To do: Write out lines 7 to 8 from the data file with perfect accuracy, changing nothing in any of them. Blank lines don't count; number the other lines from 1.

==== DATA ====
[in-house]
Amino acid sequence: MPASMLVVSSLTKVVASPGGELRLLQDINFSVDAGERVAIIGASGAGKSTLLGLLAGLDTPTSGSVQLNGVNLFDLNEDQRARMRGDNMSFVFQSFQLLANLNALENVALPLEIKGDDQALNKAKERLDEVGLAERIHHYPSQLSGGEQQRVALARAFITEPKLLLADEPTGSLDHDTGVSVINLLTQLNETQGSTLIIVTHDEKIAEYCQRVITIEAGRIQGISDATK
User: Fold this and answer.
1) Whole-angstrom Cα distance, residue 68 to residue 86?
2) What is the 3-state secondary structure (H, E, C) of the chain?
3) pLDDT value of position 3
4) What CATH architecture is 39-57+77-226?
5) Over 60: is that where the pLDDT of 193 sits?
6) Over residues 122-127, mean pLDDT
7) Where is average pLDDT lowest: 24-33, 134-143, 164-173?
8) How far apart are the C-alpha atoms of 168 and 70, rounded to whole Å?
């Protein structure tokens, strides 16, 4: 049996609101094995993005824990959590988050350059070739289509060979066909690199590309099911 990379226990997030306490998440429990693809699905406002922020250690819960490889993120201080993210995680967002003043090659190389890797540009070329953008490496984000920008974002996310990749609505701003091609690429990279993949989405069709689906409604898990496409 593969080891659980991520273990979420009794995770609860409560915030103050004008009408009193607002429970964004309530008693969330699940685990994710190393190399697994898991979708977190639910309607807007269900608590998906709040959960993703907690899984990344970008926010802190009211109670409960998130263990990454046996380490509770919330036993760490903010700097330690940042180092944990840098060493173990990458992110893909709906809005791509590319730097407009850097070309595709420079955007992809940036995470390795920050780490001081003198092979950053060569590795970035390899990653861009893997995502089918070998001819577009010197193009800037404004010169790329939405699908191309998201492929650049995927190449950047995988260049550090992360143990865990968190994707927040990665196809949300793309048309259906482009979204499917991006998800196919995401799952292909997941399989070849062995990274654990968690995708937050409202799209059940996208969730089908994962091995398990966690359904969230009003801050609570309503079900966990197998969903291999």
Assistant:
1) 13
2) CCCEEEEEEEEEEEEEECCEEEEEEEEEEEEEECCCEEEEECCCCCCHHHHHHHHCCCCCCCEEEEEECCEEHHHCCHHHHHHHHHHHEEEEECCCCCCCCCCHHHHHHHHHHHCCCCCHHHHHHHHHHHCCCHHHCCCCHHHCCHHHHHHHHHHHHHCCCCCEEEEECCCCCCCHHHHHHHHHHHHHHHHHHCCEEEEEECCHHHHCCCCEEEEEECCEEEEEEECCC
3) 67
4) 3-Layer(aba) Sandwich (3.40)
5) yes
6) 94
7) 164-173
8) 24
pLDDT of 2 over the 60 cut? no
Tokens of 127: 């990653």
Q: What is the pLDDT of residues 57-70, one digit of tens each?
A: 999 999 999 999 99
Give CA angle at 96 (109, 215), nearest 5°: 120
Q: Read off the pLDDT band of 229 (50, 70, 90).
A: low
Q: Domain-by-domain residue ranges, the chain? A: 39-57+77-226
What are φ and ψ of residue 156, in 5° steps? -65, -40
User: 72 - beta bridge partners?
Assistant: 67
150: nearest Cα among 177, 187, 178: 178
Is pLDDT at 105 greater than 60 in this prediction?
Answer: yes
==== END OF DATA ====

4) What CATH architecture is 39-57+77-226?
5) Over 60: is that where the pLDDT of 193 sits?